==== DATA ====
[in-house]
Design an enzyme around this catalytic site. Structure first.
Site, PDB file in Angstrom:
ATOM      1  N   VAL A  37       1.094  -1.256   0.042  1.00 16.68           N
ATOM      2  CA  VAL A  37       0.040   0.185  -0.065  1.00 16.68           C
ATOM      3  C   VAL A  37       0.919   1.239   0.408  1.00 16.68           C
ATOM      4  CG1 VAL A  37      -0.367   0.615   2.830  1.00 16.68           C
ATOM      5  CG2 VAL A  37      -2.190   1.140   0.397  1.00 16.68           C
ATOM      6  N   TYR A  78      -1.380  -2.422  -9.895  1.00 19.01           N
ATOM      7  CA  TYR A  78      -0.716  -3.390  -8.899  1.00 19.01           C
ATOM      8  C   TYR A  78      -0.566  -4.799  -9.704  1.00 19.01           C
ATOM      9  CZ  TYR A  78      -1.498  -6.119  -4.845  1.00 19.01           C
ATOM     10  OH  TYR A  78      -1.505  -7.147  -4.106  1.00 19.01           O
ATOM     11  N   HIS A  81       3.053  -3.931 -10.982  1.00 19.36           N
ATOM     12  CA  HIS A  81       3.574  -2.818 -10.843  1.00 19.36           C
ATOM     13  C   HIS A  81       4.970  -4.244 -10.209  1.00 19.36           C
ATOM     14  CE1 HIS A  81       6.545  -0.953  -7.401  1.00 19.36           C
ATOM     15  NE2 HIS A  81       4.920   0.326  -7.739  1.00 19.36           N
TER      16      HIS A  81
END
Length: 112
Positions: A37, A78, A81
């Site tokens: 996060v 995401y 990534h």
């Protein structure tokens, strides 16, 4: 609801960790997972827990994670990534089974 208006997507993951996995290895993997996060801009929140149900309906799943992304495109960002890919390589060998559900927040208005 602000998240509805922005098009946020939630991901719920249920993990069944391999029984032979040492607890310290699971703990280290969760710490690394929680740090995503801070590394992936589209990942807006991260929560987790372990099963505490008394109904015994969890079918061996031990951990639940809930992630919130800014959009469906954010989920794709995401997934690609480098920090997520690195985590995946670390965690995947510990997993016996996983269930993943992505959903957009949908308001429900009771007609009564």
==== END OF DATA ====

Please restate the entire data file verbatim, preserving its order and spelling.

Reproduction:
[in-house]
Design an enzyme around this catalytic site. Structure first.
Site, PDB file in Angstrom:
ATOM      1  N   VAL A  37       1.094  -1.256   0.042  1.00 16.68           N
ATOM      2  CA  VAL A  37       0.040   0.185  -0.065  1.00 16.68           C
ATOM      3  C   VAL A  37       0.919   1.239   0.408  1.00 16.68           C
ATOM      4  CG1 VAL A  37      -0.367   0.615   2.830  1.00 16.68           C
ATOM      5  CG2 VAL A  37      -2.190   1.140   0.397  1.00 16.68           C
ATOM      6  N   TYR A  78      -1.380  -2.422  -9.895  1.00 19.01           N
ATOM      7  CA  TYR A  78      -0.716  -3.390  -8.899  1.00 19.01           C
ATOM      8  C   TYR A  78      -0.566  -4.799  -9.704  1.00 19.01           C
ATOM      9  CZ  TYR A  78      -1.498  -6.119  -4.845  1.00 19.01           C
ATOM     10  OH  TYR A  78      -1.505  -7.147  -4.106  1.00 19.01           O
ATOM     11  N   HIS A  81       3.053  -3.931 -10.982  1.00 19.36           N
ATOM     12  CA  HIS A  81       3.574  -2.818 -10.843  1.00 19.36           C
ATOM     13  C   HIS A  81       4.970  -4.244 -10.209  1.00 19.36           C
ATOM     14  CE1 HIS A  81       6.545  -0.953  -7.401  1.00 19.36           C
ATOM     15  NE2 HIS A  81       4.920   0.326  -7.739  1.00 19.36           N
TER      16      HIS A  81
END
Length: 112
Positions: A37, A78, A81
């Site tokens: 996060v 995401y 990534h």
């Protein structure tokens, strides 16, 4: 609801960790997972827990994670990534089974 208006997507993951996995290895993997996060801009929140149900309906799943992304495109960002890919390589060998559900927040208005 602000998240509805922005098009946020939630991901719920249920993990069944391999029984032979040492607890310290699971703990280290969760710490690394929680740090995503801070590394992936589209990942807006991260929560987790372990099963505490008394109904015994969890079918061996031990951990639940809930992630919130800014959009469906954010989920794709995401997934690609480098920090997520690195985590995946670390965690995947510990997993016996996983269930993943992505959903957009949908308001429900009771007609009564």